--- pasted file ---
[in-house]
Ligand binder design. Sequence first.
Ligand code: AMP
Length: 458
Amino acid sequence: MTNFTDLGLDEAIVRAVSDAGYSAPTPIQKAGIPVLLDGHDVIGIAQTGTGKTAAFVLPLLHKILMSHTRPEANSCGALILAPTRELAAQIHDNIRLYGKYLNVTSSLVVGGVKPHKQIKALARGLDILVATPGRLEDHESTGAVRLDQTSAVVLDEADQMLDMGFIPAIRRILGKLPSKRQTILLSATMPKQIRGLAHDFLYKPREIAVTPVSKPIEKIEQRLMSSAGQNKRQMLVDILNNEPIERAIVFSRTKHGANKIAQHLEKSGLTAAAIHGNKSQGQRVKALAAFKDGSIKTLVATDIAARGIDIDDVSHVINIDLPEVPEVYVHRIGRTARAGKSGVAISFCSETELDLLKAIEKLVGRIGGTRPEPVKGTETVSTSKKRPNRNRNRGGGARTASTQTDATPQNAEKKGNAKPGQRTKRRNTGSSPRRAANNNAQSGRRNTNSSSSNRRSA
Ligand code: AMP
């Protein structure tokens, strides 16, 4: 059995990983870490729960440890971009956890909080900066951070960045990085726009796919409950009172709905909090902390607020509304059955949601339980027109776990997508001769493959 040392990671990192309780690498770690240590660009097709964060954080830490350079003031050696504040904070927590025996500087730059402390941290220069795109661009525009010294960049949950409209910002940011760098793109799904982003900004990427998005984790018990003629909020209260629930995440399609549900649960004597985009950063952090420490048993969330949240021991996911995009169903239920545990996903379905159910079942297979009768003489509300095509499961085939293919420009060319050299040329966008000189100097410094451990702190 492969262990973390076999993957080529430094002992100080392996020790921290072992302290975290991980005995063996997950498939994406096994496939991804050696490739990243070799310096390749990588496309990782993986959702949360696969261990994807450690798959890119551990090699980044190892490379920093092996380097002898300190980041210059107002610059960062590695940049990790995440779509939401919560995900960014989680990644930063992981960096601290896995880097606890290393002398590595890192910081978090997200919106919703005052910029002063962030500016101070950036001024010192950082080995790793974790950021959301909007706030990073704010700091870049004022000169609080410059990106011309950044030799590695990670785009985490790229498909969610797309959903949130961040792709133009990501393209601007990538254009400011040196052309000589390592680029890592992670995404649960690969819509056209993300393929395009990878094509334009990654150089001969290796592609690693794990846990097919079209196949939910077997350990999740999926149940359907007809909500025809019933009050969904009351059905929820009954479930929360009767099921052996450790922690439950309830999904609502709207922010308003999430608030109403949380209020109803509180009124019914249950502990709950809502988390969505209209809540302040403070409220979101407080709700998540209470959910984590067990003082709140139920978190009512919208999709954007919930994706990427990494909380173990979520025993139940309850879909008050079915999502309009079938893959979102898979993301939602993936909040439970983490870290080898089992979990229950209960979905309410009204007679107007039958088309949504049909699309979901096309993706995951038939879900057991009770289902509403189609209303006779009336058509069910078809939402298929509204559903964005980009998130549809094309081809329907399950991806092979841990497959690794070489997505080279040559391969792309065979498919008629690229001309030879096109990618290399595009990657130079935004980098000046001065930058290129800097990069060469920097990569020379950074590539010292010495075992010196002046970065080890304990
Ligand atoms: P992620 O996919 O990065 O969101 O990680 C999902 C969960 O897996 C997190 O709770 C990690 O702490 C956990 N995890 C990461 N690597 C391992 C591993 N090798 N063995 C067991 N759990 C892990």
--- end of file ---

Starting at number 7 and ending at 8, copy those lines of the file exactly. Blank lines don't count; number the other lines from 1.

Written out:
């Protein structure tokens, strides 16, 4: 059995990983870490729960440890971009956890909080900066951070960045990085726009796919409950009172709905909090902390607020509304059955949601339980027109776990997508001769493959 040392990671990192309780690498770690240590660009097709964060954080830490350079003031050696504040904070927590025996500087730059402390941290220069795109661009525009010294960049949950409209910002940011760098793109799904982003900004990427998005984790018990003629909020209260629930995440399609549900649960004597985009950063952090420490048993969330949240021991996911995009169903239920545990996903379905159910079942297979009768003489509300095509499961085939293919420009060319050299040329966008000189100097410094451990702190 492969262990973390076999993957080529430094002992100080392996020790921290072992302290975290991980005995063996997950498939994406096994496939991804050696490739990243070799310096390749990588496309990782993986959702949360696969261990994807450690798959890119551990090699980044190892490379920093092996380097002898300190980041210059107002610059960062590695940049990790995440779509939401919560995900960014989680990644930063992981960096601290896995880097606890290393002398590595890192910081978090997200919106919703005052910029002063962030500016101070950036001024010192950082080995790793974790950021959301909007706030990073704010700091870049004022000169609080410059990106011309950044030799590695990670785009985490790229498909969610797309959903949130961040792709133009990501393209601007990538254009400011040196052309000589390592680029890592992670995404649960690969819509056209993300393929395009990878094509334009990654150089001969290796592609690693794990846990097919079209196949939910077997350990999740999926149940359907007809909500025809019933009050969904009351059905929820009954479930929360009767099921052996450790922690439950309830999904609502709207922010308003999430608030109403949380209020109803509180009124019914249950502990709950809502988390969505209209809540302040403070409220979101407080709700998540209470959910984590067990003082709140139920978190009512919208999709954007919930994706990427990494909380173990979520025993139940309850879909008050079915999502309009079938893959979102898979993301939602993936909040439970983490870290080898089992979990229950209960979905309410009204007679107007039958088309949504049909699309979901096309993706995951038939879900057991009770289902509403189609209303006779009336058509069910078809939402298929509204559903964005980009998130549809094309081809329907399950991806092979841990497959690794070489997505080279040559391969792309065979498919008629690229001309030879096109990618290399595009990657130079935004980098000046001065930058290129800097990069060469920097990569020379950074590539010292010495075992010196002046970065080890304990
Ligand atoms: P992620 O996919 O990065 O969101 O990680 C999902 C969960 O897996 C997190 O709770 C990690 O702490 C956990 N995890 C990461 N690597 C391992 C591993 N090798 N063995 C067991 N759990 C892990």